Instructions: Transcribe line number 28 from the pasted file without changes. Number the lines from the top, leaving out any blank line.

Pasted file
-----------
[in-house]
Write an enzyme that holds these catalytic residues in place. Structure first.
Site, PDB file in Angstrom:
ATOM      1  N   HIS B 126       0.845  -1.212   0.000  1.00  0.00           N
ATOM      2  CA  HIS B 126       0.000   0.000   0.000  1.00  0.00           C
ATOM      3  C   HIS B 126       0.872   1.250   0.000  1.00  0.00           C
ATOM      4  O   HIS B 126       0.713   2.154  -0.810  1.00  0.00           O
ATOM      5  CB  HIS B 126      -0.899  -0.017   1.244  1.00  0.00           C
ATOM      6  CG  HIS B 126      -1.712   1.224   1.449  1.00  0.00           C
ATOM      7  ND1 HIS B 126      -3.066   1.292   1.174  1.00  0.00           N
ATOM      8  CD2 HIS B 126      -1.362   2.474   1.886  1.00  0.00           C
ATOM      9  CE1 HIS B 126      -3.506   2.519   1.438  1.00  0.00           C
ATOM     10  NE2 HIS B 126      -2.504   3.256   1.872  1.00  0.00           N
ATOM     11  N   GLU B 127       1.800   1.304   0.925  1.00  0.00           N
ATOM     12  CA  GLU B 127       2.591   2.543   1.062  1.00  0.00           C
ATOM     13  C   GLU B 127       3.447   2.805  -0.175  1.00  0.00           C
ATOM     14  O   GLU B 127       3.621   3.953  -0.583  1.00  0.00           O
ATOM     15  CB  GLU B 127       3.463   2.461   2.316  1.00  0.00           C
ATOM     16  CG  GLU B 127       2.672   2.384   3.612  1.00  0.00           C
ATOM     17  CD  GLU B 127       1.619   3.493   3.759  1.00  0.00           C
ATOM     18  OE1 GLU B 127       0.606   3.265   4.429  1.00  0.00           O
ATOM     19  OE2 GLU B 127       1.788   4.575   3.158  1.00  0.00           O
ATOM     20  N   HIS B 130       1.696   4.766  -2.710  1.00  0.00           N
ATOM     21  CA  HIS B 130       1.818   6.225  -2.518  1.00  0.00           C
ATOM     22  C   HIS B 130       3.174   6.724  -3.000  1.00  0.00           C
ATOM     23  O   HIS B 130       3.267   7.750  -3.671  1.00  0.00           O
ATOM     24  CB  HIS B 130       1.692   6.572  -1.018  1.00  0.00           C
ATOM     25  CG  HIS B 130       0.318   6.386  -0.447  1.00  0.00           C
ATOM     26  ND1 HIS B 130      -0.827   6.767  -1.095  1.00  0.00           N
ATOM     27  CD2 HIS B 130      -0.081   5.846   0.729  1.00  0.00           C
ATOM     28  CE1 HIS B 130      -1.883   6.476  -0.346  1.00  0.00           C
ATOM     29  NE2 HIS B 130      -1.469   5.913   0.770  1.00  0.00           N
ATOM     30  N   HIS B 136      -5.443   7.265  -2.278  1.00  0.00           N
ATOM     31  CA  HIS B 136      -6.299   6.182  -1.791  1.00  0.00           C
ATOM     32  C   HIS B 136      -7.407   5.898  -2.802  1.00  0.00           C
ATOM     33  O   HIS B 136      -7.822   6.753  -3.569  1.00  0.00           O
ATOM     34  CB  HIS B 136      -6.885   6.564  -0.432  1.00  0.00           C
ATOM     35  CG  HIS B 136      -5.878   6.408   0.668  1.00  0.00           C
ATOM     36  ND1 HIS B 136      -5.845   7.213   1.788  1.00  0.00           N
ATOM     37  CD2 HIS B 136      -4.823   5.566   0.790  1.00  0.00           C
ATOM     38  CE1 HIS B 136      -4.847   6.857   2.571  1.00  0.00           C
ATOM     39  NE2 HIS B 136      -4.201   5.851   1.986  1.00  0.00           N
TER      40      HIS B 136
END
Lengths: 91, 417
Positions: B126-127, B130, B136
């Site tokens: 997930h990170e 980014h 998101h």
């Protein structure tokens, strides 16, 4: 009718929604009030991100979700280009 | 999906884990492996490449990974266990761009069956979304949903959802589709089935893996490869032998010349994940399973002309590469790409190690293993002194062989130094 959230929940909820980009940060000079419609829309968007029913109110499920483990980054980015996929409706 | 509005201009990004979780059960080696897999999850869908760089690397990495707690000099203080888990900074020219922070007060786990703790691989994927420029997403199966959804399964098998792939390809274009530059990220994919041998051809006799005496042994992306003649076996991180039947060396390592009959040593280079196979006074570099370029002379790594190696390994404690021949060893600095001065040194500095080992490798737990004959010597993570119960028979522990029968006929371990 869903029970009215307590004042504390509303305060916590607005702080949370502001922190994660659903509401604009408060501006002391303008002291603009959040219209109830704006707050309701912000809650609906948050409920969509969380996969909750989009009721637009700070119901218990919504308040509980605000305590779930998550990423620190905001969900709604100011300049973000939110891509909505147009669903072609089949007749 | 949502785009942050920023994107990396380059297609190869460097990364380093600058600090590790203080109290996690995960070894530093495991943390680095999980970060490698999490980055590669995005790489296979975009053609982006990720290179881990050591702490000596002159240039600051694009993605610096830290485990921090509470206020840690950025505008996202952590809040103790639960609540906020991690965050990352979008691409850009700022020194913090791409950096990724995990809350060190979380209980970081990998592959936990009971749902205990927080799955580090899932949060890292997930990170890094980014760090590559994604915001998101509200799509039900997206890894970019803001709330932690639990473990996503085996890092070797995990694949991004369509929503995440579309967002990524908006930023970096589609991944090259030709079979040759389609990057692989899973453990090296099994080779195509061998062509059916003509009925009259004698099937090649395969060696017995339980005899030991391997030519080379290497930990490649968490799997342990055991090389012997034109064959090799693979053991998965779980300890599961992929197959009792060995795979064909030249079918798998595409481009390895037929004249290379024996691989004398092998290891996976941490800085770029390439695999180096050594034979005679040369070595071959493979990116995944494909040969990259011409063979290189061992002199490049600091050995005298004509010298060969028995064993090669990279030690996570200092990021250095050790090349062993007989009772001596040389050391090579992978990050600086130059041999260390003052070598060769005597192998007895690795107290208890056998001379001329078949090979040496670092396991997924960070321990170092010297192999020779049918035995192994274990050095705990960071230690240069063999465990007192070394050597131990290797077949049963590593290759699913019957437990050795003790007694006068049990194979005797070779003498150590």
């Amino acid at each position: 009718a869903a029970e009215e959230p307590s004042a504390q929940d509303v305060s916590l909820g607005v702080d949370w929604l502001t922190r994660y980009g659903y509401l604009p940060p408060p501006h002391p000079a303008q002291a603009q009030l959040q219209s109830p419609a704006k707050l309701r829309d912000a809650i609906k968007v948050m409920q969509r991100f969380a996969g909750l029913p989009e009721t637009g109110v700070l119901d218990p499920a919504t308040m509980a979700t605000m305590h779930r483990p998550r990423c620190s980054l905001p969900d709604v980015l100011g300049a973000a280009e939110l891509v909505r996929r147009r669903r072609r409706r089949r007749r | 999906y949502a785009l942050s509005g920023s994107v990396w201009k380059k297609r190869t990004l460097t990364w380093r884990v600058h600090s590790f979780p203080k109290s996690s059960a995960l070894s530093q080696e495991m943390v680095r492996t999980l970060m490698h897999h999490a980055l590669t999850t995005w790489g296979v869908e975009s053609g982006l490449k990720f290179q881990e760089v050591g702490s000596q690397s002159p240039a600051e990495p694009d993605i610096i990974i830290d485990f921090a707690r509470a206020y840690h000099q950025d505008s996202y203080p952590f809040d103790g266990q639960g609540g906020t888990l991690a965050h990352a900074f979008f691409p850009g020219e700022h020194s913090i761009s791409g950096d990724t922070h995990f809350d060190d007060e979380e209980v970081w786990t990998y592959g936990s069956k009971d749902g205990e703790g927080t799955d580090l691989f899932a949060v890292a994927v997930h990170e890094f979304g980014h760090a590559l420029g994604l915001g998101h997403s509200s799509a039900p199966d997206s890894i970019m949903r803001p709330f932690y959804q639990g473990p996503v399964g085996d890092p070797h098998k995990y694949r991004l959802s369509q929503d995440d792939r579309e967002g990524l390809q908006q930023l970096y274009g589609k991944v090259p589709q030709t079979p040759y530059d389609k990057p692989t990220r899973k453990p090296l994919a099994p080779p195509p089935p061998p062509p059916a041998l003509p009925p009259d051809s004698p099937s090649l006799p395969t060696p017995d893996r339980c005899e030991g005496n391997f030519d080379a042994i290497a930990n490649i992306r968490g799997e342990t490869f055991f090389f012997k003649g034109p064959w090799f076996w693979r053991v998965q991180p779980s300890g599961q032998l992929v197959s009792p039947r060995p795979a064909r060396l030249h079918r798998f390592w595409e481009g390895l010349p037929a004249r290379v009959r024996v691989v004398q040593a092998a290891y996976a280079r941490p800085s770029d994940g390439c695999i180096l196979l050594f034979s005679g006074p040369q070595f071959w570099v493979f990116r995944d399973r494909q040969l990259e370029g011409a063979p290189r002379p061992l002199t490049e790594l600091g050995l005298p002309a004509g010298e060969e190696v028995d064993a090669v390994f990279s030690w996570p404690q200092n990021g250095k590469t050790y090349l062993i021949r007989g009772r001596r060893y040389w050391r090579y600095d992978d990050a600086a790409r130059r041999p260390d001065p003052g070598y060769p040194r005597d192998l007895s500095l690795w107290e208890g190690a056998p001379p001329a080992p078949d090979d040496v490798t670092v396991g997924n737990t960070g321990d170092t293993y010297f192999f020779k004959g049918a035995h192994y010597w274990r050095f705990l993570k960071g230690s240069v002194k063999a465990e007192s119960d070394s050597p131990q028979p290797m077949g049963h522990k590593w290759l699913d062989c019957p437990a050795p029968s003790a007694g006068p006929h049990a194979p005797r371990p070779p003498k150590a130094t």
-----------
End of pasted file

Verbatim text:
ATOM     25  CG  HIS B 130       0.318   6.386  -0.447  1.00  0.00           C